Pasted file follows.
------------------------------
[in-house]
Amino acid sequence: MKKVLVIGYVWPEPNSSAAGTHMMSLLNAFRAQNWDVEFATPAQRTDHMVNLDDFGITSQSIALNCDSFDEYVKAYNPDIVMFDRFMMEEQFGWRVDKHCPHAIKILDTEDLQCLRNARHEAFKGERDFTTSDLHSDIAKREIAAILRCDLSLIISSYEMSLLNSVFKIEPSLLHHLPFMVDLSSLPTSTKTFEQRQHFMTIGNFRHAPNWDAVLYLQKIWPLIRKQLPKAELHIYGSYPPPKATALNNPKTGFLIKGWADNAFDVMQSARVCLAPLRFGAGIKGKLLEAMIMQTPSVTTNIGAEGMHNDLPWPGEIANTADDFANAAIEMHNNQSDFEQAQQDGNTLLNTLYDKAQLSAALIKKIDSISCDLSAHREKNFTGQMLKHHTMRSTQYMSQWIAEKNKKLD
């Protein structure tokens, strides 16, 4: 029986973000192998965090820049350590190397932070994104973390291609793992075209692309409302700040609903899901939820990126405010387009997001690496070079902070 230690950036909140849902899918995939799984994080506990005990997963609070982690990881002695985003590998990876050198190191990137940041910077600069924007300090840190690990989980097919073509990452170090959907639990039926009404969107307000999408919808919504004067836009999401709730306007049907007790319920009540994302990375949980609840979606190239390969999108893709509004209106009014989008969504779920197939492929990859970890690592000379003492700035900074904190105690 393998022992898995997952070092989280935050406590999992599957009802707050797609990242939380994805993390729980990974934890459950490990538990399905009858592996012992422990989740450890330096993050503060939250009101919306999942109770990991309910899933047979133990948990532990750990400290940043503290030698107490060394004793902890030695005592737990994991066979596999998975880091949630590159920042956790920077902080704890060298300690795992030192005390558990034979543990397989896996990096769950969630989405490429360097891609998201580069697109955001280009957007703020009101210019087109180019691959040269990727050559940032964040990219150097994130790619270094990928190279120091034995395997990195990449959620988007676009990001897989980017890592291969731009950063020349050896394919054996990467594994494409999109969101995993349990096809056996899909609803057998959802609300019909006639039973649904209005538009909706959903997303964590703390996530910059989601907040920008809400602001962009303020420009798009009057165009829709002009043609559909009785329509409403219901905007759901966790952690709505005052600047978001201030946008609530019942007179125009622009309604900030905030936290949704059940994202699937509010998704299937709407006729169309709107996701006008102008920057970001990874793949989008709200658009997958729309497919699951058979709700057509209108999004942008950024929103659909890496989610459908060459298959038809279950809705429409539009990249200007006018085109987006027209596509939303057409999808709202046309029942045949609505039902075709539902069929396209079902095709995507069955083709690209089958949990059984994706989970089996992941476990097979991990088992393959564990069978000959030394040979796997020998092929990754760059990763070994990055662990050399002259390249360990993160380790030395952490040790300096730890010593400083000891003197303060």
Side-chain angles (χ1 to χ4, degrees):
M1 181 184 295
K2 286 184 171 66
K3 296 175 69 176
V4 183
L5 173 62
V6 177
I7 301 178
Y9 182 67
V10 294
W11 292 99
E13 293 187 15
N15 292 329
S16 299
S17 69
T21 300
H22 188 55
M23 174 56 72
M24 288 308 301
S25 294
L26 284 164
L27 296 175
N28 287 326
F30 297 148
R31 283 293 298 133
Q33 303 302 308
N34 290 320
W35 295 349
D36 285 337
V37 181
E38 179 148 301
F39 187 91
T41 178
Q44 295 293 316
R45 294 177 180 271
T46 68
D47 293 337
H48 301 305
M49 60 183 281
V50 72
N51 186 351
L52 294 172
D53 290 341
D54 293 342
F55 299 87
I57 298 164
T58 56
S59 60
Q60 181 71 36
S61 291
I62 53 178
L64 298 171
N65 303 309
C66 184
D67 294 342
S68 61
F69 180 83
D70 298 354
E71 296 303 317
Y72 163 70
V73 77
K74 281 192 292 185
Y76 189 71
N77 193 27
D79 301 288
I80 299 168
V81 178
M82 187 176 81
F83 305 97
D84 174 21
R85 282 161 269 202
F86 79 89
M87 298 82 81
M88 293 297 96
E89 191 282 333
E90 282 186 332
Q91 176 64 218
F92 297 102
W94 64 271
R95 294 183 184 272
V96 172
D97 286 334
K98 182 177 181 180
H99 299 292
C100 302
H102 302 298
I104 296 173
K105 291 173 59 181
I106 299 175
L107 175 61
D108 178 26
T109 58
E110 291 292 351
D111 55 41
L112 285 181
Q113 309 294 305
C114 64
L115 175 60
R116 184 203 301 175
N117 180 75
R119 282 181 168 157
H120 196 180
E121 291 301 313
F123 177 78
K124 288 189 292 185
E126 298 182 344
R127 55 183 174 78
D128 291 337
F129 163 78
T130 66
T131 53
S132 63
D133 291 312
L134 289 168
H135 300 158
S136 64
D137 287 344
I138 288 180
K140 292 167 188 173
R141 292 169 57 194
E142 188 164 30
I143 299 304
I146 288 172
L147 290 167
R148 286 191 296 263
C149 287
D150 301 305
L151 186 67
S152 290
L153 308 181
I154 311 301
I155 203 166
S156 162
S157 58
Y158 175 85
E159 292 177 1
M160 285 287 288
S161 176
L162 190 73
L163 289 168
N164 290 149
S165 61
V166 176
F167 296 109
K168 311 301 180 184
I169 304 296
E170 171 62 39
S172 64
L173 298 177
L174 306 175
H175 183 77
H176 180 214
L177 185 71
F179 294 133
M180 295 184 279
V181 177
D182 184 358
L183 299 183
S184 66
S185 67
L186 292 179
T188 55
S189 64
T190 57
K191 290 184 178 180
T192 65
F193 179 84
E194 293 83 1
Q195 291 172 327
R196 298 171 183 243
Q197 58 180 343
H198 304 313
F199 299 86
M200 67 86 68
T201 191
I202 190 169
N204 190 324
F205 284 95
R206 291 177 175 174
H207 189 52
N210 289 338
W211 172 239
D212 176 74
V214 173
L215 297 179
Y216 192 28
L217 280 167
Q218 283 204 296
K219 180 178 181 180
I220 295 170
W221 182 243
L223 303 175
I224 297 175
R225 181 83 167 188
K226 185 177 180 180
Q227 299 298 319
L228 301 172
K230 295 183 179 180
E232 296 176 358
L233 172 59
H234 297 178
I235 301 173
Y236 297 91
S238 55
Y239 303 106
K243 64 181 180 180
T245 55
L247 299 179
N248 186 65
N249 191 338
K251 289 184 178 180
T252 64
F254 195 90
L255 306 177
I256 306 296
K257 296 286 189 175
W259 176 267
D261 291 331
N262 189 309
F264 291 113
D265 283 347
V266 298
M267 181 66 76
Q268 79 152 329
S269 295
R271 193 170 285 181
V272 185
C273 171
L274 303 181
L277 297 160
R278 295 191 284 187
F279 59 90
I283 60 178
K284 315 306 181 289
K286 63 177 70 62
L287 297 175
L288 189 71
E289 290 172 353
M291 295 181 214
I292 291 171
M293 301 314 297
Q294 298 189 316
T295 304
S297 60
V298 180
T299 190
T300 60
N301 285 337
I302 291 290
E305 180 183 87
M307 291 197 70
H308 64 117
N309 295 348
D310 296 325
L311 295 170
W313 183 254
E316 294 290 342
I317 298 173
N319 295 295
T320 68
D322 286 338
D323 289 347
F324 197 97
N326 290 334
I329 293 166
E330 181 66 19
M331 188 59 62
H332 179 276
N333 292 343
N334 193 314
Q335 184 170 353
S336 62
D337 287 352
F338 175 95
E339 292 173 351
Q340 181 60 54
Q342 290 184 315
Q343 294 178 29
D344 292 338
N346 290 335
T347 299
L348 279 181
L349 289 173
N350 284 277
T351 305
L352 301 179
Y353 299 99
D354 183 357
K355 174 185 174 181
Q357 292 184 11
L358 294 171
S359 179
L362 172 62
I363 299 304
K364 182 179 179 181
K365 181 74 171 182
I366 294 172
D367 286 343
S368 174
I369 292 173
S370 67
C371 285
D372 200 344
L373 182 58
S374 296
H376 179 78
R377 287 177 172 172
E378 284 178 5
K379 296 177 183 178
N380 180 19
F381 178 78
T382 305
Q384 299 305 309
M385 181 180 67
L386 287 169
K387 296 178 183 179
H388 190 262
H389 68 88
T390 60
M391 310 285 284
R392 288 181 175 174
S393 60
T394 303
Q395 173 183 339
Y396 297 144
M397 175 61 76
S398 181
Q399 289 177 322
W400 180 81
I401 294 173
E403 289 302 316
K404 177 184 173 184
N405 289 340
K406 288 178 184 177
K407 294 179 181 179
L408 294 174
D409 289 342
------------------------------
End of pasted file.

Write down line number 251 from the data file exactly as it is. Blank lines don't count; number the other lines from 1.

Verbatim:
N301 285 337